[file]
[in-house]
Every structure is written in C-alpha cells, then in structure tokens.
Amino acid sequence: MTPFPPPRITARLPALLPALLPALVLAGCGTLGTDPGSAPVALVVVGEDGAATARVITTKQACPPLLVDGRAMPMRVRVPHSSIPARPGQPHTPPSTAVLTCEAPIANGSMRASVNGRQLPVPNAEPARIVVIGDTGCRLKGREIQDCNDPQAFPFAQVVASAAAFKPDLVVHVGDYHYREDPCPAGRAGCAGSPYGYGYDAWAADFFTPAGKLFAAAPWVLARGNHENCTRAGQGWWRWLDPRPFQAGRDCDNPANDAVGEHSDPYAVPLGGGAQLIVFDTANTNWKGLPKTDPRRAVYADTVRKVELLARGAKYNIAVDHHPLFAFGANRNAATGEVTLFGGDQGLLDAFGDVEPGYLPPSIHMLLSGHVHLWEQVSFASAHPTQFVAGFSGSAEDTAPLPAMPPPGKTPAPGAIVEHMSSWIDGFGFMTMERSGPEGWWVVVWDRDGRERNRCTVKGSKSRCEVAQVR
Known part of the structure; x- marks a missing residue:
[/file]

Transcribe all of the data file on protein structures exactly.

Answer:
[in-house]
Every structure is written in C-alpha cells, then in structure tokens.
Amino acid sequence: MTPFPPPRITARLPALLPALLPALVLAGCGTLGTDPGSAPVALVVVGEDGAATARVITTKQACPPLLVDGRAMPMRVRVPHSSIPARPGQPHTPPSTAVLTCEAPIANGSMRASVNGRQLPVPNAEPARIVVIGDTGCRLKGREIQDCNDPQAFPFAQVVASAAAFKPDLVVHVGDYHYREDPCPAGRAGCAGSPYGYGYDAWAADFFTPAGKLFAAAPWVLARGNHENCTRAGQGWWRWLDPRPFQAGRDCDNPANDAVGEHSDPYAVPLGGGAQLIVFDTANTNWKGLPKTDPRRAVYADTVRKVELLARGAKYNIAVDHHPLFAFGANRNAATGEVTLFGGDQGLLDAFGDVEPGYLPPSIHMLLSGHVHLWEQVSFASAHPTQFVAGFSGSAEDTAPLPAMPPPGKTPAPGAIVEHMSSWIDGFGFMTMERSGPEGWWVVVWDRDGRERNRCTVKGSKSRCEVAQVR
Known part of the structure; x- marks a missing residue: